In a nutshell, the lifespan of modern golf clubs can range from three years to a lifetime if repairs are made. However, the longevity of your golf clubs depends entirely on how often you play and how well you take care of them. With proper maintenance, the average golf club set can last for at least 10 years - that's equivalent to 300 rounds of golf for the average golfer. Drivers and woods have a shorter life expectancy of just 2 to 7 years.
In short, the service life of golf clubs with newer models can range from three years to a lifetime if repairs are made. Your golf irons, on the other hand, will last between 8 and 12 years. All in all, the average lifespan of a golf club is around 10 years. It's important to note, however, that not all golf clubs are created equal.
Factors such as brand, material, and price should be taken into consideration when purchasing a set. You can find quality clubs online at Golf Galaxy or PGA Tour Superstore or any number of reputable retailers. As technology has advanced, the shafts, heads and grips of the clubs have become increasingly stronger and more durable. Having worked as a club fitter for several years, I believe it's essential that people get properly fitted for their clubs. Today, there are slip-on grips and wraps that make repairs and upgrades easy, so your clubs last longer.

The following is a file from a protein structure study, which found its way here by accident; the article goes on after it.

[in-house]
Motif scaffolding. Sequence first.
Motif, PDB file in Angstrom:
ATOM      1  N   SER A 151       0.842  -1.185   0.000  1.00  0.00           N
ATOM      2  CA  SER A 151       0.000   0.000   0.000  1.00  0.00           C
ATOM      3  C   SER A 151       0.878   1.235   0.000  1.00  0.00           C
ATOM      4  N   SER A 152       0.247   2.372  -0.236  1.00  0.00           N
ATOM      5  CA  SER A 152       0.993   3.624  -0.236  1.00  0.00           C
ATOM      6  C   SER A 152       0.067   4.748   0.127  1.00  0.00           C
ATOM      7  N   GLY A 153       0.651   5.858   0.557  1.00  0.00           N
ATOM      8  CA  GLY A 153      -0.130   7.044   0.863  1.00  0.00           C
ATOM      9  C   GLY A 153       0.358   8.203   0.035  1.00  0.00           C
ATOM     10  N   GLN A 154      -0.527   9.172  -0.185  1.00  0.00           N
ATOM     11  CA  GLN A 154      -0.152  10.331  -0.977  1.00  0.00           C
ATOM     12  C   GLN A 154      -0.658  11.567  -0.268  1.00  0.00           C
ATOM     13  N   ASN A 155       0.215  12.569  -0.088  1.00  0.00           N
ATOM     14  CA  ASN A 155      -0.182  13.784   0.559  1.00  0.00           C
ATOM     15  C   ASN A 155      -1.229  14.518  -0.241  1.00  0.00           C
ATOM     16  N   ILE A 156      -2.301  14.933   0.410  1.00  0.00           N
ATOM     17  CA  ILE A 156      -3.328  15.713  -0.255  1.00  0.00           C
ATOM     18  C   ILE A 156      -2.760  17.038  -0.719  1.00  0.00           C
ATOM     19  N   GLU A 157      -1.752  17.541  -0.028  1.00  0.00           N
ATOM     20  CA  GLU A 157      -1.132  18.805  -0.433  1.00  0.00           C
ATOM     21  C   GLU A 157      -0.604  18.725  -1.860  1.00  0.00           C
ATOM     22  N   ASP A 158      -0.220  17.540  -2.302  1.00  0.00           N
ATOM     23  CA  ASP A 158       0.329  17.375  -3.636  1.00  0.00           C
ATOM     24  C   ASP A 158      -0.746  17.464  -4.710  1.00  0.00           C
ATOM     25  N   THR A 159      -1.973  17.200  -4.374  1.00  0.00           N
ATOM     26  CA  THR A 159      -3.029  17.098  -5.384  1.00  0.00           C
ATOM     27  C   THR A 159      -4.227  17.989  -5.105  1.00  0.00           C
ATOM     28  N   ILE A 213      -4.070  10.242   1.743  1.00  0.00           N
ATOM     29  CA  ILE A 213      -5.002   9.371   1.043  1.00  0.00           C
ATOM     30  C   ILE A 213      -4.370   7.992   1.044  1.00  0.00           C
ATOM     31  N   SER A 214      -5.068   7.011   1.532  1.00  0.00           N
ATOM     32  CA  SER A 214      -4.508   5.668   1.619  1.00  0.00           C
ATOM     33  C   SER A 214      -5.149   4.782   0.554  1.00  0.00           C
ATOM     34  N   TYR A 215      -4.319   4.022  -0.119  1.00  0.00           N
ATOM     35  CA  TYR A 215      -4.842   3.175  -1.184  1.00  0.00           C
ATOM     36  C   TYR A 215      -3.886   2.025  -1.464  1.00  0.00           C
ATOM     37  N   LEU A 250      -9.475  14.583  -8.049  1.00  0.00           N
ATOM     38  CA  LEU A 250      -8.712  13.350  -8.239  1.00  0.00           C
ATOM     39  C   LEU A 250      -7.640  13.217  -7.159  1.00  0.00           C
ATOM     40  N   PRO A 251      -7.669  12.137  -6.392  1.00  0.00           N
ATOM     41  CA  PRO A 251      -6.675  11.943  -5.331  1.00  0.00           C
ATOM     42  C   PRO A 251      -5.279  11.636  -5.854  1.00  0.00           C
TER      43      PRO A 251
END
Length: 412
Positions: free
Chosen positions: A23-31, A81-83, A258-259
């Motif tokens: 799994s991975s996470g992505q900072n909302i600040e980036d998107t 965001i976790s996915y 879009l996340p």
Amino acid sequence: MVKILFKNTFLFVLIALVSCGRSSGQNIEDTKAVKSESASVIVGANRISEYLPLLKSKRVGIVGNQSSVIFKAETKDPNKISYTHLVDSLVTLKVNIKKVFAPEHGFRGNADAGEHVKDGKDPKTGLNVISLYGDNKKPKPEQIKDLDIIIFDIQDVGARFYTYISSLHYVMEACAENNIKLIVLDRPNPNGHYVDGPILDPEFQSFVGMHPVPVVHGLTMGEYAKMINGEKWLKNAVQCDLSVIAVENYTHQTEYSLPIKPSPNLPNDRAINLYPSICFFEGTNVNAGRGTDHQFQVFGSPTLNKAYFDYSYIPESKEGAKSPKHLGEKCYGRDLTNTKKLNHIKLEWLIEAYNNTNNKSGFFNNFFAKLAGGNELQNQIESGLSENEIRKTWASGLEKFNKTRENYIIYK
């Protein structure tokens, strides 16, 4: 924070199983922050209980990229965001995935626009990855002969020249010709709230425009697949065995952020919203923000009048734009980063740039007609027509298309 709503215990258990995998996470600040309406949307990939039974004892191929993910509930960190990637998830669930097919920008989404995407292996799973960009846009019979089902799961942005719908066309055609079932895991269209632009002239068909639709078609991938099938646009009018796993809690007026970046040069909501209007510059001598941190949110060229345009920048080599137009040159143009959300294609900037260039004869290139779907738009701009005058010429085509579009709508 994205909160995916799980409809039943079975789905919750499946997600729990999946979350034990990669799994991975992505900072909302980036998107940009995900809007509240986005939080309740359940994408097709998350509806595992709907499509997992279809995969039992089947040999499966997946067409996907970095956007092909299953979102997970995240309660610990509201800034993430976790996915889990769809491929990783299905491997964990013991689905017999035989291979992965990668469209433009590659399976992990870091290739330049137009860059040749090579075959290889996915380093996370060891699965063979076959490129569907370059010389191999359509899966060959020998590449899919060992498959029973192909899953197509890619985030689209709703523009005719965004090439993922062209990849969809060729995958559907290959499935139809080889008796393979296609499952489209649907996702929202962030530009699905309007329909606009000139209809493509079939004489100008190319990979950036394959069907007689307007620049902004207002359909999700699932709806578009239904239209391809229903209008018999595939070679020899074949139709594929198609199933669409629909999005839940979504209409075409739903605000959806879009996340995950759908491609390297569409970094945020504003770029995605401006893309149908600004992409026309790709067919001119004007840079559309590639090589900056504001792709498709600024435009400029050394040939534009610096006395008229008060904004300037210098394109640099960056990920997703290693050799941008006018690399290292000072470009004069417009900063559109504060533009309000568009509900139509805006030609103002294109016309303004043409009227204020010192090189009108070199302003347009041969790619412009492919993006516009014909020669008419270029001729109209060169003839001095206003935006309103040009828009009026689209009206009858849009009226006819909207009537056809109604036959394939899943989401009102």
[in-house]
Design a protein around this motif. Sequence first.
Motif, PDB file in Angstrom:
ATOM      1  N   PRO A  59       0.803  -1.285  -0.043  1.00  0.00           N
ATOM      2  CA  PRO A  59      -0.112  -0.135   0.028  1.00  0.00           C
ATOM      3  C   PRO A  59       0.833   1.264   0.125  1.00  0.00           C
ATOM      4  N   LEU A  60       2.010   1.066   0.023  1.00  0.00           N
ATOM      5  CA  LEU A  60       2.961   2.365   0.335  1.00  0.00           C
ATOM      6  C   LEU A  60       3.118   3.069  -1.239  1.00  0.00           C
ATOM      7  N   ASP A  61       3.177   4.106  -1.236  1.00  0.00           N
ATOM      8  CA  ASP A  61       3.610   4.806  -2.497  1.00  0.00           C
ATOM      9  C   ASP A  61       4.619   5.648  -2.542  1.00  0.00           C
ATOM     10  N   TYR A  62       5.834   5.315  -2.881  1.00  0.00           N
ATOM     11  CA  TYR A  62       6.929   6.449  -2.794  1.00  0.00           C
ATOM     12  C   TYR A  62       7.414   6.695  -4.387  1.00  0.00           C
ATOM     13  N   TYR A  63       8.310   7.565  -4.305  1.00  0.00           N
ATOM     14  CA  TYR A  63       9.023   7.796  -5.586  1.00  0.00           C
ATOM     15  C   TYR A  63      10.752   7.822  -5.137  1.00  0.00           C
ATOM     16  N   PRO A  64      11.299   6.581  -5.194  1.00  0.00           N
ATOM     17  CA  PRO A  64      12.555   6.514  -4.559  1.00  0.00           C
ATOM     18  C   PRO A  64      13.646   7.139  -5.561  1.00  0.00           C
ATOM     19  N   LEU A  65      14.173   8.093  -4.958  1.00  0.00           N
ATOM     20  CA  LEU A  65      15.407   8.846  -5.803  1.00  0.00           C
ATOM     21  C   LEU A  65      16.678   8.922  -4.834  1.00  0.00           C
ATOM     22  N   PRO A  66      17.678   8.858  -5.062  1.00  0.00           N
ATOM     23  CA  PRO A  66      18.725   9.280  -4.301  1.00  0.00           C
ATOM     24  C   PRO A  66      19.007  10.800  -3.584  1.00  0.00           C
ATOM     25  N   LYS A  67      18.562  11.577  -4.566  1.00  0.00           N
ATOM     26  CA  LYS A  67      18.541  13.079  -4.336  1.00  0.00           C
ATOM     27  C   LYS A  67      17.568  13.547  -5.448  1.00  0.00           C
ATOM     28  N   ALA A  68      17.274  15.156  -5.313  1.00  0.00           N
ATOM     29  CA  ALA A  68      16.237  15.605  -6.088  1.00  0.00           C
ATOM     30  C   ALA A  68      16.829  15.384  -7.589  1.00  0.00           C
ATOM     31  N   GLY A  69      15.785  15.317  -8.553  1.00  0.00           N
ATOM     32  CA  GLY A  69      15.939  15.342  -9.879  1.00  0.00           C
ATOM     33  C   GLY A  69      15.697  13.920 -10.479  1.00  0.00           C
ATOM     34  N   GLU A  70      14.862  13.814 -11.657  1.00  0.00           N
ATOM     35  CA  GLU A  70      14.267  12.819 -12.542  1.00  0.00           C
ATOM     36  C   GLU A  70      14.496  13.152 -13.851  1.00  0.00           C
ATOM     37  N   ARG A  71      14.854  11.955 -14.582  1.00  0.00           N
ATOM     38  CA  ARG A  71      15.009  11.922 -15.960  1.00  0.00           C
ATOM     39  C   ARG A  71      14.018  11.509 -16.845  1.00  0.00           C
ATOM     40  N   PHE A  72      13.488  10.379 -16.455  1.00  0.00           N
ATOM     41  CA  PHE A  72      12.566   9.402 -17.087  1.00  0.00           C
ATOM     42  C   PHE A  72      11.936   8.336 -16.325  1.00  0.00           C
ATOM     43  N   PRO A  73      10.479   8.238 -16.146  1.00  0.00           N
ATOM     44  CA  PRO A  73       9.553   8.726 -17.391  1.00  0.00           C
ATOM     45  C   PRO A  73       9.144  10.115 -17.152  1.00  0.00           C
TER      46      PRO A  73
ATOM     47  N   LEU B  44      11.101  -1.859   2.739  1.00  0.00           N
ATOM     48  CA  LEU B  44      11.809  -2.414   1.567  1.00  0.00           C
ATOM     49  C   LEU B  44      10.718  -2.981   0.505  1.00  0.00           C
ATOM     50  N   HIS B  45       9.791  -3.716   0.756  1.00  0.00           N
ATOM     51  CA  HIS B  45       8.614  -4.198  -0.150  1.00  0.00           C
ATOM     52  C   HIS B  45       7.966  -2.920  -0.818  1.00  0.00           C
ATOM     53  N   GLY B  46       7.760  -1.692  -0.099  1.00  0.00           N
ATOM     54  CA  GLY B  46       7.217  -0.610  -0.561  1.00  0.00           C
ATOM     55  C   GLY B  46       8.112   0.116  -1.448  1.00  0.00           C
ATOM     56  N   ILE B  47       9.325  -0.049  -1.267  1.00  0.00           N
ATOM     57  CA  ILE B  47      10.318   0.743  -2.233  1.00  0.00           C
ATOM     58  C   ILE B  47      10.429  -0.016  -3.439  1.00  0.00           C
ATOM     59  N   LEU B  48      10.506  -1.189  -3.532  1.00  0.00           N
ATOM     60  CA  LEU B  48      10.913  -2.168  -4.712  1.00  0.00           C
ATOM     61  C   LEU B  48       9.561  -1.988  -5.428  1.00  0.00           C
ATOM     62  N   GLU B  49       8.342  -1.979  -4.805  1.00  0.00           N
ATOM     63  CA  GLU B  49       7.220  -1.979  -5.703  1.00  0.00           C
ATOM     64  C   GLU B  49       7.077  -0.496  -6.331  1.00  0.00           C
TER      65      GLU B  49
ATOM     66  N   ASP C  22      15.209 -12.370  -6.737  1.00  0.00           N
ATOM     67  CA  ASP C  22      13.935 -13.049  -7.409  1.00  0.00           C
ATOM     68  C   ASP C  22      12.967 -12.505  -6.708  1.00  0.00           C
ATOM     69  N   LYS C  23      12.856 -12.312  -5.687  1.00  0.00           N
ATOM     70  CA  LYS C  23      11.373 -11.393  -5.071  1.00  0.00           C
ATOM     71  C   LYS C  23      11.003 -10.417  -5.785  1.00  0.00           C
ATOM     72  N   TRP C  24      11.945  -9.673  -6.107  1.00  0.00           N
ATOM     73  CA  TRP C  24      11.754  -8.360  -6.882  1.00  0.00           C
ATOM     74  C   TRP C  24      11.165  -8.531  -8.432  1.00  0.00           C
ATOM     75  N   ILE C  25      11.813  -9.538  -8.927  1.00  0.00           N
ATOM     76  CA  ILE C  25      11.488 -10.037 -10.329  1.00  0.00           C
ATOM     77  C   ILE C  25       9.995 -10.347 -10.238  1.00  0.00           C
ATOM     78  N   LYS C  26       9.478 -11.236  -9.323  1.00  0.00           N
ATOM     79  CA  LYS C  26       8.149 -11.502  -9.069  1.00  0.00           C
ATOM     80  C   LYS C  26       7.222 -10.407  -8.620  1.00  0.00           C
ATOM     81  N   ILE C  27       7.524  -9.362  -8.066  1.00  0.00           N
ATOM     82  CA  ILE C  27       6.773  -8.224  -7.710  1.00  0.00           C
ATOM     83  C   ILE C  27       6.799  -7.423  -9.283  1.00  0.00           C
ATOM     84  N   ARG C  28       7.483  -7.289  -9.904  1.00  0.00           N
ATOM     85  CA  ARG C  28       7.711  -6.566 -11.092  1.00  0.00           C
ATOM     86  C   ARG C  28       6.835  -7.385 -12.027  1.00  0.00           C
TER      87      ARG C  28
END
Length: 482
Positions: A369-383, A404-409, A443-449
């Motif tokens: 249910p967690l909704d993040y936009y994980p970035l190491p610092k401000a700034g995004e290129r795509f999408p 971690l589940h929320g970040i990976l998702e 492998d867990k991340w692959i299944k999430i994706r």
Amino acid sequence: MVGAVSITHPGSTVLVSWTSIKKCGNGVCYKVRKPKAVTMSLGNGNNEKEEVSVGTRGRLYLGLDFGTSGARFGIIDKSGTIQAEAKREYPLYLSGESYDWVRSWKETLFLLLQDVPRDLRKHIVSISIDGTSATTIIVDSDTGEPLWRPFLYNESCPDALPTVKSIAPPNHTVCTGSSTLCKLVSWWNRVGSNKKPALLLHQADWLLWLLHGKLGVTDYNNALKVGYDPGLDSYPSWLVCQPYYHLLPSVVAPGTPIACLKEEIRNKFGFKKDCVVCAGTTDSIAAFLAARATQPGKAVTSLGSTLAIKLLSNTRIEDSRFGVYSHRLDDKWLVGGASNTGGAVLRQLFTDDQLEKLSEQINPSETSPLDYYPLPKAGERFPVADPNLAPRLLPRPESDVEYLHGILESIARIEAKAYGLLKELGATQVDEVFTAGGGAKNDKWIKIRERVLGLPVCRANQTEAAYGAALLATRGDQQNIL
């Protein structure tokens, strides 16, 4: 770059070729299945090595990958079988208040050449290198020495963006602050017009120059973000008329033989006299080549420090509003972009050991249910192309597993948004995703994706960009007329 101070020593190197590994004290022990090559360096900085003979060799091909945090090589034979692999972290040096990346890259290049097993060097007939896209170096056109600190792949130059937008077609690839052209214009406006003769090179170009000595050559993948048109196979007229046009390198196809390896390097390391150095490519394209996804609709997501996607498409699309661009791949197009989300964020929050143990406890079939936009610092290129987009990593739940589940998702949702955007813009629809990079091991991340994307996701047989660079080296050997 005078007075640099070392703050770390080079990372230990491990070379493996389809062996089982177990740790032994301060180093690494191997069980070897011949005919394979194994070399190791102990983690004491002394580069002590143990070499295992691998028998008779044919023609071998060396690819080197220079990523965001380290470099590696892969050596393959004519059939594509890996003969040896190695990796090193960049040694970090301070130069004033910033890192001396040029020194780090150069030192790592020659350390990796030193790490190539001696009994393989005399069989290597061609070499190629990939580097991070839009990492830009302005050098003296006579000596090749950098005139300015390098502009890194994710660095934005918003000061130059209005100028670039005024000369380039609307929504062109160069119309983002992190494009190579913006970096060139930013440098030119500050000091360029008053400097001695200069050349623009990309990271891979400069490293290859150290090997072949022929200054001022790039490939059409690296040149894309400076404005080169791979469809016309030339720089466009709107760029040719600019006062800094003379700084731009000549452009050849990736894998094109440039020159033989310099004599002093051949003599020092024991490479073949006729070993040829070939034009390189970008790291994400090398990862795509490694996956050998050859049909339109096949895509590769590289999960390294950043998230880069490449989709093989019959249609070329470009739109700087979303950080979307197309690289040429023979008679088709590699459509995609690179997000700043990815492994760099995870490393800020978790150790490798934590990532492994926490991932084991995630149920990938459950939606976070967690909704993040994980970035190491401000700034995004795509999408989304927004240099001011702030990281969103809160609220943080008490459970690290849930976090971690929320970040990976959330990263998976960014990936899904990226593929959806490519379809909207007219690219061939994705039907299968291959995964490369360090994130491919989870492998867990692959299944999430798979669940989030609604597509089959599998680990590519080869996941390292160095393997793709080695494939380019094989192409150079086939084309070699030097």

Not only do you use these clubs more often during an average round, but the spin they generate is essential for stopping the ball on the green. With the sturdy materials that the shaft is made of, it's no surprise that a golf club can withstand much more stress than it could have a few years ago. I didn't go for too many new items, but I chose a combination of new and used brand clones and clubs that first came out 3-5 years ago. However, they are the least forgiving type of club on the market and are really only suitable for experienced players. Once the grooves wear out, that's pretty much it for that club - but you can certainly get plenty of years out of your irons if you don't play excessively.
Golf club heads can be damaged easily, especially when used in rough terrain, woods or other areas where there are unknown elements beneath the ground surface. After hitting a driver for several years, you'll start to notice that you can't hit your club as far as before. He continues to use his sticks ever since - as do I - although my kids have left them in disrepair.